- The Washington Times - Thursday, October 9, 2003

NASA has serious personnel problems. Twenty-five percent of its scientists and engineers will be eligible to retire in the next three to five years, and, as the agency’s workforce has been graying, few fresh-faced recruits have been coming through its doors. NASA needs to offer incentives to potential hires.

Scientists and engineers make up 60 percent of NASA’s employees, so there’s a great need to bring more in. However, universities are graduating fewer technicians than they used to, so there is a great deal of competition for them. While NASA cannot match the salaries in the private sector, it can offer a unique mission. As a consequence, a few additional incentives could be enough to tip skilled personnel into signing and staying at NASA — in spite of sub-standard compensation.

That is essentially what the NASA Workforce Flexibility Act (H.R. 1085 and S. 610) would do. The bills build on existing law to offer potential hires slightly better relocation benefits and slightly enhanced leave time. Those who intended to depart would be offered somewhat larger bonuses to stay.

The House version of the bill would allow NASA to undertake demonstration projects (such as changing the parameters of pay scales) with up to 8,000 of its employees. Federal law only allows for 5,000 employees to be so designated, and such a provision would normally set off a fierce fight with labor unions. That was avoided thanks to the intense negotiations between the bill’s sponsor, House Science Committee Chairman Sherwood Boehlert, and representatives of NASA’s largest union, the International Federation of Professional and Technical Engineers (IFPTE). The IFPTE endorsed the bill shortly before it was voted through the Science Committee this summer.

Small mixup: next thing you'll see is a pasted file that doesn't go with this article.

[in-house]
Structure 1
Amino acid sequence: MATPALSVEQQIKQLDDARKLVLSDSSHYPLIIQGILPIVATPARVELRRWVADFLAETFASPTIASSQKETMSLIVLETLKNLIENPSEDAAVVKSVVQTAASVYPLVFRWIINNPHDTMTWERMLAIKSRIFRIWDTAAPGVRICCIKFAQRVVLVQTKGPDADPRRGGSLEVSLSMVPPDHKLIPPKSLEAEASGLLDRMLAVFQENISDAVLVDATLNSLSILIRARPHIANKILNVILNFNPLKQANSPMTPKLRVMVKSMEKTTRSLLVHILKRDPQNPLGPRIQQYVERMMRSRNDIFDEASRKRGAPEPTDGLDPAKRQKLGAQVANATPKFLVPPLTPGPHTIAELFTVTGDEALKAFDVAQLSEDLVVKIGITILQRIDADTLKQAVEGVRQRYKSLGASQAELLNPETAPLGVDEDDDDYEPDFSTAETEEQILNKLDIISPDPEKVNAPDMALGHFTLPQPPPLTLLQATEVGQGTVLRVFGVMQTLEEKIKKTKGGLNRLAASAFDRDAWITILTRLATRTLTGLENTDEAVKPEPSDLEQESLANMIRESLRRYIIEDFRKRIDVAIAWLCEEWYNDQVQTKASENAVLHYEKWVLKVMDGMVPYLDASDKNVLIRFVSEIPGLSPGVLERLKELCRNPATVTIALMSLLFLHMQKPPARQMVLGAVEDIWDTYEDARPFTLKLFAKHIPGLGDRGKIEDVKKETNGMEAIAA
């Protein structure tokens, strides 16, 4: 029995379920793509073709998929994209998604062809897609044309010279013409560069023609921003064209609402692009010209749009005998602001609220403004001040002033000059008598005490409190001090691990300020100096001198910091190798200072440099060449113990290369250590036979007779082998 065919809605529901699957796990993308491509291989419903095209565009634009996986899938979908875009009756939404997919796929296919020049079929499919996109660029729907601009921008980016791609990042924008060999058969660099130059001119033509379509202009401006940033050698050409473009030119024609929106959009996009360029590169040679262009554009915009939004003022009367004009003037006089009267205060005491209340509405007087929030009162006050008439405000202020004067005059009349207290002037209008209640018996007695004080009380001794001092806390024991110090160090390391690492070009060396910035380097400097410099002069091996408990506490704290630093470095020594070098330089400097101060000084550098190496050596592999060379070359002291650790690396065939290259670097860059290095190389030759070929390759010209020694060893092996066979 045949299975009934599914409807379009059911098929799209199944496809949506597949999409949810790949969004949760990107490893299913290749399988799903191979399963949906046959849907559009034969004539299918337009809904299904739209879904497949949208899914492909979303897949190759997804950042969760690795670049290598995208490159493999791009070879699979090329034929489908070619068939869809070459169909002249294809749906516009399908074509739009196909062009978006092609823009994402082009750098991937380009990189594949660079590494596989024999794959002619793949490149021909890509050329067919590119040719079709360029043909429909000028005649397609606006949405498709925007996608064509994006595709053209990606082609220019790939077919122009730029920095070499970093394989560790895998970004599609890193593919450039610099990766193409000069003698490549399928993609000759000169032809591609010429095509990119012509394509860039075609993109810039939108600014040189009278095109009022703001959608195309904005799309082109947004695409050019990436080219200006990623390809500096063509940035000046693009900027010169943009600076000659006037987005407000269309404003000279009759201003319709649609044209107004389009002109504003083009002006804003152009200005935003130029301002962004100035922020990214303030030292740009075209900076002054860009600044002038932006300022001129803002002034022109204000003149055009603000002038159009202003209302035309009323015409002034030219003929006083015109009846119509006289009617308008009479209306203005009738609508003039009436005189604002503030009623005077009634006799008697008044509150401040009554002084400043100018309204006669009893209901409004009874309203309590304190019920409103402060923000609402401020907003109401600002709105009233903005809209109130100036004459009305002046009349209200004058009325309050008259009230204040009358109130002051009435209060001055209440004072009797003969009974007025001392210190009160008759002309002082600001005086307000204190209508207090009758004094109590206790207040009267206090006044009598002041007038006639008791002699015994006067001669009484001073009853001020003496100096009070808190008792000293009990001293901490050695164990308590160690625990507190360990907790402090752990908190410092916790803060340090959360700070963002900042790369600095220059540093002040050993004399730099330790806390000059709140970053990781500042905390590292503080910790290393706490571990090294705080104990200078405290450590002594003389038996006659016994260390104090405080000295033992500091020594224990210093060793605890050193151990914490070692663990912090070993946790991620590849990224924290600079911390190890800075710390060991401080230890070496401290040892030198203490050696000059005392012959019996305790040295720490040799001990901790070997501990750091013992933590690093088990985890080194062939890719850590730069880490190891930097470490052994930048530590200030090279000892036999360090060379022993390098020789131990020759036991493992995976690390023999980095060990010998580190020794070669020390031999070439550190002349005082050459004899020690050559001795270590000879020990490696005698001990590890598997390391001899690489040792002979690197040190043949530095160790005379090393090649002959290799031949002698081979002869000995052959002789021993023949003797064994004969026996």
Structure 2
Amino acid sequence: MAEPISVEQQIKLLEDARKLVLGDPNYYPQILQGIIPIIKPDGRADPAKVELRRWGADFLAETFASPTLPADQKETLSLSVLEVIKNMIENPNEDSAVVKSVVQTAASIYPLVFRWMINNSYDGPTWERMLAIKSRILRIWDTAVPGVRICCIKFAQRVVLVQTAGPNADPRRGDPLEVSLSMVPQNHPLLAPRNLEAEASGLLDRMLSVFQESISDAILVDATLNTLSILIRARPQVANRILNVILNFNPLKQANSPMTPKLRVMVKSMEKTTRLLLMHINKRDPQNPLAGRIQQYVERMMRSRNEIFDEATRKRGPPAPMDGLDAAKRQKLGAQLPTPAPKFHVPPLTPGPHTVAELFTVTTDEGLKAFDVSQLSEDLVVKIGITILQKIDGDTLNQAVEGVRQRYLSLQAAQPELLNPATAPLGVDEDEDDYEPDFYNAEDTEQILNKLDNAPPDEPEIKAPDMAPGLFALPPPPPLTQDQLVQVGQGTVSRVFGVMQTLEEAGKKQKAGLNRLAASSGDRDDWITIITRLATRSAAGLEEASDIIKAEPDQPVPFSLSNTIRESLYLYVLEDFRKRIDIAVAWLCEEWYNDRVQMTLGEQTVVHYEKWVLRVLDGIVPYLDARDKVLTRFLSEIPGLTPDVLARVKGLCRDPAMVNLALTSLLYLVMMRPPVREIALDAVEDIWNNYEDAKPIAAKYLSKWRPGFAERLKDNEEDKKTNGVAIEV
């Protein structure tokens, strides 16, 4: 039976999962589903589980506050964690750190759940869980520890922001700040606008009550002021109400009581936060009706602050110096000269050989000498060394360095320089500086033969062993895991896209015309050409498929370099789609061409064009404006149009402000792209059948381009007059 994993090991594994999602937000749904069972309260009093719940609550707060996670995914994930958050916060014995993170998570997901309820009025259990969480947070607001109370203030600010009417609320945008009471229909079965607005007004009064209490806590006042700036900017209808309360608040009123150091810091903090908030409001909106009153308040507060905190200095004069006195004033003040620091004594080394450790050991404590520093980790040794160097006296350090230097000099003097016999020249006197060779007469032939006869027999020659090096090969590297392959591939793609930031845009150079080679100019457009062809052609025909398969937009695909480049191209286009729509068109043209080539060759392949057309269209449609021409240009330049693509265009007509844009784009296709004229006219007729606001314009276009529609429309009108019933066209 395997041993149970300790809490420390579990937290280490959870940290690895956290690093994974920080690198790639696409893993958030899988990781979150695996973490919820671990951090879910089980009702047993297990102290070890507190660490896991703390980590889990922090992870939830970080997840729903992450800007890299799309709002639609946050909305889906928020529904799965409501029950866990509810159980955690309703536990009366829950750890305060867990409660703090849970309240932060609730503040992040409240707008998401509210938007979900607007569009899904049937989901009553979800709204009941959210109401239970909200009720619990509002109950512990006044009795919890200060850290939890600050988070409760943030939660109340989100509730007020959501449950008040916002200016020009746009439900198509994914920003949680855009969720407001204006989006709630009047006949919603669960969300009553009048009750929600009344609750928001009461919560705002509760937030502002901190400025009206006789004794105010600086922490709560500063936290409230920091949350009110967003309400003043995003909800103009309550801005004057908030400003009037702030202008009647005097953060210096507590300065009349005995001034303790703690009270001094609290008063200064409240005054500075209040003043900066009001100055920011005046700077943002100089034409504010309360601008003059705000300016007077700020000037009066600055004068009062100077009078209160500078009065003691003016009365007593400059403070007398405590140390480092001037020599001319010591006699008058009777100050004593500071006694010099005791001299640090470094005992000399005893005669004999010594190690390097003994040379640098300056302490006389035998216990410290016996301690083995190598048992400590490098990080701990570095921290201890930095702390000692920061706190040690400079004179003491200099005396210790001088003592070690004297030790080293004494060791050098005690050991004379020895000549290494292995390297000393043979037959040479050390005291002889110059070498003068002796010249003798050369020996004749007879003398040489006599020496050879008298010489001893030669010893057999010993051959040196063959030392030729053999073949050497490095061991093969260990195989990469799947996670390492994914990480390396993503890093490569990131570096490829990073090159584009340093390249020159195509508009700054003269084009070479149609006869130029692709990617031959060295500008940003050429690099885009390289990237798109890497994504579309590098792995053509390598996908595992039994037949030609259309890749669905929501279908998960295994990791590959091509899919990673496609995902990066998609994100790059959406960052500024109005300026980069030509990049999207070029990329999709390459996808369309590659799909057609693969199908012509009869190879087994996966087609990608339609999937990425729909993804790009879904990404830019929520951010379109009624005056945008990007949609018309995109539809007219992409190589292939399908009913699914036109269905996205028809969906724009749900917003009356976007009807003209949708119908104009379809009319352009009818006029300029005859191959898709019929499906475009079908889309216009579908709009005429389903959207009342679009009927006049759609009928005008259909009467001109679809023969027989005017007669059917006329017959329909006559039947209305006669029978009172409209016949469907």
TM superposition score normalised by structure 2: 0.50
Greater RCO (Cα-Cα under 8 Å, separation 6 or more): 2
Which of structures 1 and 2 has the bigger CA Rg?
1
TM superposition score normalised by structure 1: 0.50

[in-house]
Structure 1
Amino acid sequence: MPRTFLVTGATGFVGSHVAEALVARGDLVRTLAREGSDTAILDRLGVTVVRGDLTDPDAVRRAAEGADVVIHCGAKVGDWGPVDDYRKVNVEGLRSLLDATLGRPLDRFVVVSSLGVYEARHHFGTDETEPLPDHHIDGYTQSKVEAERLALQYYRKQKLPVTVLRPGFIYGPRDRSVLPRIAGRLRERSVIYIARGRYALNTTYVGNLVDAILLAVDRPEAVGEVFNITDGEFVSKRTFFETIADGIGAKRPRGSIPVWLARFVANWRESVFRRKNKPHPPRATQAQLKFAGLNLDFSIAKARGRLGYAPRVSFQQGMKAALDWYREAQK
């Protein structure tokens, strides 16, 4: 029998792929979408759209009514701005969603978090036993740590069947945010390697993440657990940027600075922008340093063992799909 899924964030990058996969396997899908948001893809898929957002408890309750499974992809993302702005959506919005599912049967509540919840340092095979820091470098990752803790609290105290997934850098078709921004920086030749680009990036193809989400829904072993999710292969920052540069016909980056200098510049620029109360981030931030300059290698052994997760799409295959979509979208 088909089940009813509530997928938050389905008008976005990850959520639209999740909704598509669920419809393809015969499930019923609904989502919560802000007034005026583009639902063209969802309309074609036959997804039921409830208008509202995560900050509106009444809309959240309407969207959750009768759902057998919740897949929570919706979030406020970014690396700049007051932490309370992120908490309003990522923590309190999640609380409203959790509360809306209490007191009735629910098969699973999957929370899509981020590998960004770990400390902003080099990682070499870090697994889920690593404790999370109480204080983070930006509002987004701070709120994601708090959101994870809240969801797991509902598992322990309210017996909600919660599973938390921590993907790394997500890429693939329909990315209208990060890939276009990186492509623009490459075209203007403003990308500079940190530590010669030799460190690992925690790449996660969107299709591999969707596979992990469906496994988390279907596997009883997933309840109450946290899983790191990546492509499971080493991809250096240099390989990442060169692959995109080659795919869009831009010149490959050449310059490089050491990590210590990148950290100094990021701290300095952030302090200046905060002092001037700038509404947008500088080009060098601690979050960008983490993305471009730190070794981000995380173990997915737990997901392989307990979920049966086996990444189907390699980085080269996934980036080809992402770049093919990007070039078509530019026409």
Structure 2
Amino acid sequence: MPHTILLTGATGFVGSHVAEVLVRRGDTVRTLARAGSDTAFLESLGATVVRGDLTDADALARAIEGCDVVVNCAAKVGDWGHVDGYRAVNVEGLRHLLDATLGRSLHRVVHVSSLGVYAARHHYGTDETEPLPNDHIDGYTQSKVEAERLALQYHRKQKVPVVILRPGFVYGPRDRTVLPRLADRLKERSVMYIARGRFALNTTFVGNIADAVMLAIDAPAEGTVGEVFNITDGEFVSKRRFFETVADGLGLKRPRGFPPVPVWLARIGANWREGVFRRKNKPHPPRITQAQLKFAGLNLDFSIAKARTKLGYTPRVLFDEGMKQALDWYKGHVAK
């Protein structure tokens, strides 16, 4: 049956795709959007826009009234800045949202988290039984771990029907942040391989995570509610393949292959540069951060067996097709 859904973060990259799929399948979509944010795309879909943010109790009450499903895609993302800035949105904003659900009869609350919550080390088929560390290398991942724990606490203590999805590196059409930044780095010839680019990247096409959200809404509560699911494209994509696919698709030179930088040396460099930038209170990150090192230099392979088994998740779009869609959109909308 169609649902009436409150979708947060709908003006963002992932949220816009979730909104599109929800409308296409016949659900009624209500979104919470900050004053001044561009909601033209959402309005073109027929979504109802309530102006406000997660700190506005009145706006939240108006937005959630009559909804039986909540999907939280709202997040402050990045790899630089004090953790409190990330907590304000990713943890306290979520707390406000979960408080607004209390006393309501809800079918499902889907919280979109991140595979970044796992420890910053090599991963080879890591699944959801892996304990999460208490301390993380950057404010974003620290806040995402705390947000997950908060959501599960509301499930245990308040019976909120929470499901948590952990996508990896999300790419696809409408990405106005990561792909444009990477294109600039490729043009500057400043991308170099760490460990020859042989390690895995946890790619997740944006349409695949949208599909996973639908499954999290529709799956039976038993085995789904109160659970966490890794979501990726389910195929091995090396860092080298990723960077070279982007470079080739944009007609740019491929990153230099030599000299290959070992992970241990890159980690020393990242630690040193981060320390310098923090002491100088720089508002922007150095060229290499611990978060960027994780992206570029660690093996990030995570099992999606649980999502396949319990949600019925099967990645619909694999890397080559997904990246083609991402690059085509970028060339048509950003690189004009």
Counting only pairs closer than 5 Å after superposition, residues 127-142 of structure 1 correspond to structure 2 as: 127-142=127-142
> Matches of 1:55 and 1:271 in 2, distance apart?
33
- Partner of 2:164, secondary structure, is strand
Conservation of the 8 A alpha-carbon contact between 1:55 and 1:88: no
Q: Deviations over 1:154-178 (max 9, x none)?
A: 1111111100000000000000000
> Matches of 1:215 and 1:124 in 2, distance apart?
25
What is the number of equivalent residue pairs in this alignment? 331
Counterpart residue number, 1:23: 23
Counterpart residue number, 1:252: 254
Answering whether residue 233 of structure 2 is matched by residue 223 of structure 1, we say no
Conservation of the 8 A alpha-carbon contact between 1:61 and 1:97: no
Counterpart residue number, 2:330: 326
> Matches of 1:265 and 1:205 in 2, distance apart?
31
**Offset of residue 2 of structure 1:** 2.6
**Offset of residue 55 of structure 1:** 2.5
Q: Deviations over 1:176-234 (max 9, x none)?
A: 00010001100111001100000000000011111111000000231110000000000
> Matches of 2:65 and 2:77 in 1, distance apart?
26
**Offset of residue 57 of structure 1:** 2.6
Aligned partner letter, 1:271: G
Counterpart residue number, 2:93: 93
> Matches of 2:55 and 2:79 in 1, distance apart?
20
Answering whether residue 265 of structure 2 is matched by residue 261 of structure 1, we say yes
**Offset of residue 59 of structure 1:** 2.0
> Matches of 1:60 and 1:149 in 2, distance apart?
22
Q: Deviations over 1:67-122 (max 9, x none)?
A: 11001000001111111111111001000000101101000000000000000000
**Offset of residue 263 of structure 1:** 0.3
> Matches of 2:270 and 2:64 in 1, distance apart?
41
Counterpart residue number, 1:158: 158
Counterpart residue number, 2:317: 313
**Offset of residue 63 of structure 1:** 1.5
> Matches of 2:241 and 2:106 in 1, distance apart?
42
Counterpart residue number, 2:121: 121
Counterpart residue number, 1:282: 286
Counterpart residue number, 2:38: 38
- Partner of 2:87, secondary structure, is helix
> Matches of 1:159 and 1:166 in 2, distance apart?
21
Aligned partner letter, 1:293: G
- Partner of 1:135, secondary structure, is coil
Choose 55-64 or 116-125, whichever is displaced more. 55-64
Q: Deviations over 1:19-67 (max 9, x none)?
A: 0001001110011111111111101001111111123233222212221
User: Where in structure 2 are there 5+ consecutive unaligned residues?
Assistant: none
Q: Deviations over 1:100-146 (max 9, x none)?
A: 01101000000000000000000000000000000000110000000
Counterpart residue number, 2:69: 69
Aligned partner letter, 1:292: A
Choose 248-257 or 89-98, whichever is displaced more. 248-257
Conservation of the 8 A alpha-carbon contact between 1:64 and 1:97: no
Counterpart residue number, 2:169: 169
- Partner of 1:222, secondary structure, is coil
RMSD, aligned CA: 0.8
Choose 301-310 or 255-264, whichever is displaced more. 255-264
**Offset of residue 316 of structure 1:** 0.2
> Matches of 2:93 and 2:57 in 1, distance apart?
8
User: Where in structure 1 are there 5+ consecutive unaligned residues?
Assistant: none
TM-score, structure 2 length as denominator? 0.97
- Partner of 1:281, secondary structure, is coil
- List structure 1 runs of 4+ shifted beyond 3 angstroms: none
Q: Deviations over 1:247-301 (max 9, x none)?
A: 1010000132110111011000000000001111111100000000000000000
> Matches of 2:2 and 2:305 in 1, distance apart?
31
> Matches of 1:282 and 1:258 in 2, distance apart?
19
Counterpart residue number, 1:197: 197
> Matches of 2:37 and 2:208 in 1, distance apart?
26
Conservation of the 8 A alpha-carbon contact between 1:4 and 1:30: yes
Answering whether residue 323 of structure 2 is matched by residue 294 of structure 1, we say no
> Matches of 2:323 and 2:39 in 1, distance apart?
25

The Senate bill has bipartisan support, including the co-sponsorship of the only former astronaut in that chamber, Sen. Bill Nelson, Florida Democrat. The workforce bills had broad enough support to be carried through the committee process, and they are pending on the floors of their respective chambers.

Congress must pass the measures soon. At a meeting with reporters, NASA Administrator Sean O’Keefe said he was “anxious for Congress to act” on anything along those lines, since NASA’s personnel crisis grows each day that the legislation is delayed. Although appropriations bills are filling legislative calendars, time is still taken to designate post offices (the Brian C. Hickey Post Office Building Designation Act passed the House this week). Surely, a few minutes can be taken to help NASA with its pressing workforce problems.

While NASA scientists still have the ability to shoot for the moon (and further), their purpose can only come from the president. This is where Mr. Bush must step up, preferably at his next State of the Union. We again urge President Bush to announce his long-range goals for the manned space program during that speech, which will happen near the one-year anniversary of the Columbia tragedy. NASA is not likely to have a problem recruiting extraordinary people when it once again takes on extraordinary missions.

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